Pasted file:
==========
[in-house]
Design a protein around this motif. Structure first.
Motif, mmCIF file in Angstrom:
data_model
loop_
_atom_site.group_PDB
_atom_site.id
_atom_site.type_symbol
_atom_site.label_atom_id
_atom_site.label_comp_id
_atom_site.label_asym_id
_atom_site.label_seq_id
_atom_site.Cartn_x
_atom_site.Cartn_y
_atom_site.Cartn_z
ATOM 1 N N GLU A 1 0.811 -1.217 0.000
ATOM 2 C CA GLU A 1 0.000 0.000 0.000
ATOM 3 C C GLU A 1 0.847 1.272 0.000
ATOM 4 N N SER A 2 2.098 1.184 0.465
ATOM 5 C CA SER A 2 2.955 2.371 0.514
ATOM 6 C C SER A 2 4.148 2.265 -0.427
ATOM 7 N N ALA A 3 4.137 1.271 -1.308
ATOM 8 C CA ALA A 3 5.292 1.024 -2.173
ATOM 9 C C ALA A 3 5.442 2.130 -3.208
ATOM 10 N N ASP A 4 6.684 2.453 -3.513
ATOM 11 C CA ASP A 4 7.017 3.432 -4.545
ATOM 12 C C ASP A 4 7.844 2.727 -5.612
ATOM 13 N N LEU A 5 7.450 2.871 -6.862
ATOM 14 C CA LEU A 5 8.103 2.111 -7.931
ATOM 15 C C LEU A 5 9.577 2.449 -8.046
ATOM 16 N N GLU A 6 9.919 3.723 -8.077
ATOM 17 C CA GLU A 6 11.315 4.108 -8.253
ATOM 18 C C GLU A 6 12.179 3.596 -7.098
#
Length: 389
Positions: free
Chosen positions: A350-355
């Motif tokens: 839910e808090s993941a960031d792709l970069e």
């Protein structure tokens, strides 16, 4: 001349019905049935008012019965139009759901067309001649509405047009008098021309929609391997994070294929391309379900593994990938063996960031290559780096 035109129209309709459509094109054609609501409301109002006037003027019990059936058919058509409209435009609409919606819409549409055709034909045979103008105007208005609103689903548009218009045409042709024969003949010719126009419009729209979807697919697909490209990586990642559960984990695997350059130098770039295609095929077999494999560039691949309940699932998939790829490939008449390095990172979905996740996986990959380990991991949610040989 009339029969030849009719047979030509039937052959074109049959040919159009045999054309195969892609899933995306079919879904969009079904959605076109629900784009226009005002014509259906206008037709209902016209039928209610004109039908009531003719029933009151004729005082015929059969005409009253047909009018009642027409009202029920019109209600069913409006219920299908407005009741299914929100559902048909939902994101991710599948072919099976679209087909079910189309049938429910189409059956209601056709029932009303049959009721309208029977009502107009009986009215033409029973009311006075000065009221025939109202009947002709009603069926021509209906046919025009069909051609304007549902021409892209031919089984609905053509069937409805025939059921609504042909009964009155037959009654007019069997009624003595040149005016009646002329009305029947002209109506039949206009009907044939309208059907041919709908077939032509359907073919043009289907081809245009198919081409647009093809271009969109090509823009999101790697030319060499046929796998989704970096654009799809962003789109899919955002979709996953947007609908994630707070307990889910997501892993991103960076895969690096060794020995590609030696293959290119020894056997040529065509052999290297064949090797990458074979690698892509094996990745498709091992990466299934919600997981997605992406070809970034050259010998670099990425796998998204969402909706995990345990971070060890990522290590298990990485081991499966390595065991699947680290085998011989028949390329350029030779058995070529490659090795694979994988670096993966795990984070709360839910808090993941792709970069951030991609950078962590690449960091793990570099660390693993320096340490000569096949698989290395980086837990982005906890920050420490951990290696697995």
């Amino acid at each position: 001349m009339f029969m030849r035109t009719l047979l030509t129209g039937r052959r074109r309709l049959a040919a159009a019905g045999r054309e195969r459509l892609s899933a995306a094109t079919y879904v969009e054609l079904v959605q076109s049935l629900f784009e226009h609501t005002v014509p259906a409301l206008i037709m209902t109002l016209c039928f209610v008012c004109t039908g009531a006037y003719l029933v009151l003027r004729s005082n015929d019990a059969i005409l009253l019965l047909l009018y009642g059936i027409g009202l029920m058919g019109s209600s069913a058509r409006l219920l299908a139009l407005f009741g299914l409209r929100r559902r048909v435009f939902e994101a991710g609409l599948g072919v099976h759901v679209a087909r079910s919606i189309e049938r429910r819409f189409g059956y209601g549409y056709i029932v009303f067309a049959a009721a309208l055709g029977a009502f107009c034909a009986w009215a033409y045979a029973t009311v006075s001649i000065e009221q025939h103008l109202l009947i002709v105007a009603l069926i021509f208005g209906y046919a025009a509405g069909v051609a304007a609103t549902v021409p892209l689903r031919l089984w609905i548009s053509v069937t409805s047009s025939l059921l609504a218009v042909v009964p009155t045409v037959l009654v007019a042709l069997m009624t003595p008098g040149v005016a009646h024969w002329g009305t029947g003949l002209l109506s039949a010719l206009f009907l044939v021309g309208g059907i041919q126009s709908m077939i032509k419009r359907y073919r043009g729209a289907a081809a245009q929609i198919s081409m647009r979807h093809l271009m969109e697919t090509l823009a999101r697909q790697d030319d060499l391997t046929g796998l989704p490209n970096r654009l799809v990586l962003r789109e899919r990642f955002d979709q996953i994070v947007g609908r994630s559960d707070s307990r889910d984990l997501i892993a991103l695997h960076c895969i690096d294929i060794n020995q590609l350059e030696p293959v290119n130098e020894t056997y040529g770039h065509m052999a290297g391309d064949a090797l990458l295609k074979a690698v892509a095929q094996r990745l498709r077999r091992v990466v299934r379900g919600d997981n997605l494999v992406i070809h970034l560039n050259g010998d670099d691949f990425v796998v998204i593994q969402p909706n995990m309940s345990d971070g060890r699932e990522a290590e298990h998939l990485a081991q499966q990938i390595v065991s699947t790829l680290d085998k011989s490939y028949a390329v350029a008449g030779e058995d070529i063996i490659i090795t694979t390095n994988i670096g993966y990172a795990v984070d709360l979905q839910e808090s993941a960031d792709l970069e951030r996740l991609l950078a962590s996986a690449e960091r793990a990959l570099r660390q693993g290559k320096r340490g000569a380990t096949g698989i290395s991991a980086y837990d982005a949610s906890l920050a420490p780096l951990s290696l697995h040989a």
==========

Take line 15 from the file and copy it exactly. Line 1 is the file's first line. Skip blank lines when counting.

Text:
_atom_site.Cartn_z